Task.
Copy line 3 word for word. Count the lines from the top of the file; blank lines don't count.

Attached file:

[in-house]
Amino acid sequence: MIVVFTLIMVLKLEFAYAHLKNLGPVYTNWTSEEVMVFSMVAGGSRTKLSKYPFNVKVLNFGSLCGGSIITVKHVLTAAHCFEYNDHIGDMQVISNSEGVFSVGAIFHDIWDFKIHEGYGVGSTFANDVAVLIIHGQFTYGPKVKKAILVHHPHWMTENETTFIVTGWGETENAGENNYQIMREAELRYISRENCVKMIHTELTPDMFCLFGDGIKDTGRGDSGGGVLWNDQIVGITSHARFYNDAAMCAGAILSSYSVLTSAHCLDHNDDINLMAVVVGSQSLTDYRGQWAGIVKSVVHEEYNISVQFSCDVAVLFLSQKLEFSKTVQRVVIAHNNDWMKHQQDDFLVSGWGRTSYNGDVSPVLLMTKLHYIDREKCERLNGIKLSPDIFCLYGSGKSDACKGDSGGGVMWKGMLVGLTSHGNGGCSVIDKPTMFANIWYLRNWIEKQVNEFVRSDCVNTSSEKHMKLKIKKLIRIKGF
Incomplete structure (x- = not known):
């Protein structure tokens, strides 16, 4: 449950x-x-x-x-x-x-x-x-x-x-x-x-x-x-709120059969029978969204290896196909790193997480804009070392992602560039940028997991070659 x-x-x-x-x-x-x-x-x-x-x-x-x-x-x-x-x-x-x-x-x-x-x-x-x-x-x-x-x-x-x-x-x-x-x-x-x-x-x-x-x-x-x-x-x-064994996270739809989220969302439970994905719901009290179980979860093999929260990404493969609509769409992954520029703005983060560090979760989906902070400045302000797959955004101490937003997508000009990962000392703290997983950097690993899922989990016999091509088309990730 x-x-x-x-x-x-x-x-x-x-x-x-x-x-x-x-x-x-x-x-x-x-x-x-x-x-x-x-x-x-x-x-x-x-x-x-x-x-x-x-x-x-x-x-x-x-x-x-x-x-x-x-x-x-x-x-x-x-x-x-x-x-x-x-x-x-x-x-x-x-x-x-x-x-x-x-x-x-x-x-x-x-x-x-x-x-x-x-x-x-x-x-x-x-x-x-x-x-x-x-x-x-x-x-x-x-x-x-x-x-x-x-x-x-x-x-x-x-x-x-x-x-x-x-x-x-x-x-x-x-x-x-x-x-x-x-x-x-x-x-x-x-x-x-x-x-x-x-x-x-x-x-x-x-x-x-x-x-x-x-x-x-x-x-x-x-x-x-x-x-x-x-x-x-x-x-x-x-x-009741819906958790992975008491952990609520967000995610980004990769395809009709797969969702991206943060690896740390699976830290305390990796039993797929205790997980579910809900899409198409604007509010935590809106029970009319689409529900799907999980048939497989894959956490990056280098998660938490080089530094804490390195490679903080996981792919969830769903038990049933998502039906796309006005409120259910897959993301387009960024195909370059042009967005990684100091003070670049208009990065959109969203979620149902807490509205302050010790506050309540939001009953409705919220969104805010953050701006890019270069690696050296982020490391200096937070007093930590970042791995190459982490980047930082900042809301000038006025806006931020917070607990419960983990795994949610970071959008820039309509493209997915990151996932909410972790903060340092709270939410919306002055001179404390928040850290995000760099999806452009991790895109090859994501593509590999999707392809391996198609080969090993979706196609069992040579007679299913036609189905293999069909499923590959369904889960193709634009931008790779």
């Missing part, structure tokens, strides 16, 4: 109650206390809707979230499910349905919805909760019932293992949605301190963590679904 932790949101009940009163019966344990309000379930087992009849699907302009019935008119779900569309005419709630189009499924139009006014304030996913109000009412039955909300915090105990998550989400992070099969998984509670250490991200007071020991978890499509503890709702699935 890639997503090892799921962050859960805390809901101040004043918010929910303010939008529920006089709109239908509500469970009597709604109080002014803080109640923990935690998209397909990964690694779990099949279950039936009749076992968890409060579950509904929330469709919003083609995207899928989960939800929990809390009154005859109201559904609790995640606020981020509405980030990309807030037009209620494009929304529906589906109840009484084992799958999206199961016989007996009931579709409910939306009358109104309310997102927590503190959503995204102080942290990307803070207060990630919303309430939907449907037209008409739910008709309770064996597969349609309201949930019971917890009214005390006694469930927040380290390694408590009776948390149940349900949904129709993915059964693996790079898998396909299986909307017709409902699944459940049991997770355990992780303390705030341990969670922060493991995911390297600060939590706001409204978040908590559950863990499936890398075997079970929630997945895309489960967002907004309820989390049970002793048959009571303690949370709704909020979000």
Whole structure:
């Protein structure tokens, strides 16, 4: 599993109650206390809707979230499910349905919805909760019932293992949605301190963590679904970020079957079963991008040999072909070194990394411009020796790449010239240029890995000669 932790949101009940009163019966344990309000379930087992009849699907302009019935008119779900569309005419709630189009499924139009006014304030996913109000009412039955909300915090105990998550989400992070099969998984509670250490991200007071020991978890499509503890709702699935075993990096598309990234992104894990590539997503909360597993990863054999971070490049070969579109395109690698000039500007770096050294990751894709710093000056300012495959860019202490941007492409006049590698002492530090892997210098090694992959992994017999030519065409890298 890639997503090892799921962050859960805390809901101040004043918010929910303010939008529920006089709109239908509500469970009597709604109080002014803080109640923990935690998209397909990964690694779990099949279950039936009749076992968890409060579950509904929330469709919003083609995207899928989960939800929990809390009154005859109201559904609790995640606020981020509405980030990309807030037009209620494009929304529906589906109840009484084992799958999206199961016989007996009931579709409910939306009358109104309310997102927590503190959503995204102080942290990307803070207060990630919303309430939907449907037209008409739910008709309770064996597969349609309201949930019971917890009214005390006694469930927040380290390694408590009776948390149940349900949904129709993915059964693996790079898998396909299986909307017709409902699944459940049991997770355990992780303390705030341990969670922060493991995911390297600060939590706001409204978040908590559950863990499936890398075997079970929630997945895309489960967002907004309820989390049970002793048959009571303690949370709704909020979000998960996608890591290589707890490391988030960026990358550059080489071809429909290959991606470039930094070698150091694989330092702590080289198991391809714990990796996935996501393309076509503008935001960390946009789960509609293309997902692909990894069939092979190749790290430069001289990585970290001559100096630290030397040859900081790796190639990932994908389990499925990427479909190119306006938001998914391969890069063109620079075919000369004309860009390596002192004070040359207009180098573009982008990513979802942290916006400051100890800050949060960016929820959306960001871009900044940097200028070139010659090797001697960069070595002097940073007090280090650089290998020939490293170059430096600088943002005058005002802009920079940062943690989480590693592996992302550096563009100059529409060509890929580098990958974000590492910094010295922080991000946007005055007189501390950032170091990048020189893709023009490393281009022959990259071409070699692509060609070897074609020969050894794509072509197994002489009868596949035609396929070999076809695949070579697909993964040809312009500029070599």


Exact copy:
Incomplete structure (x- = not known):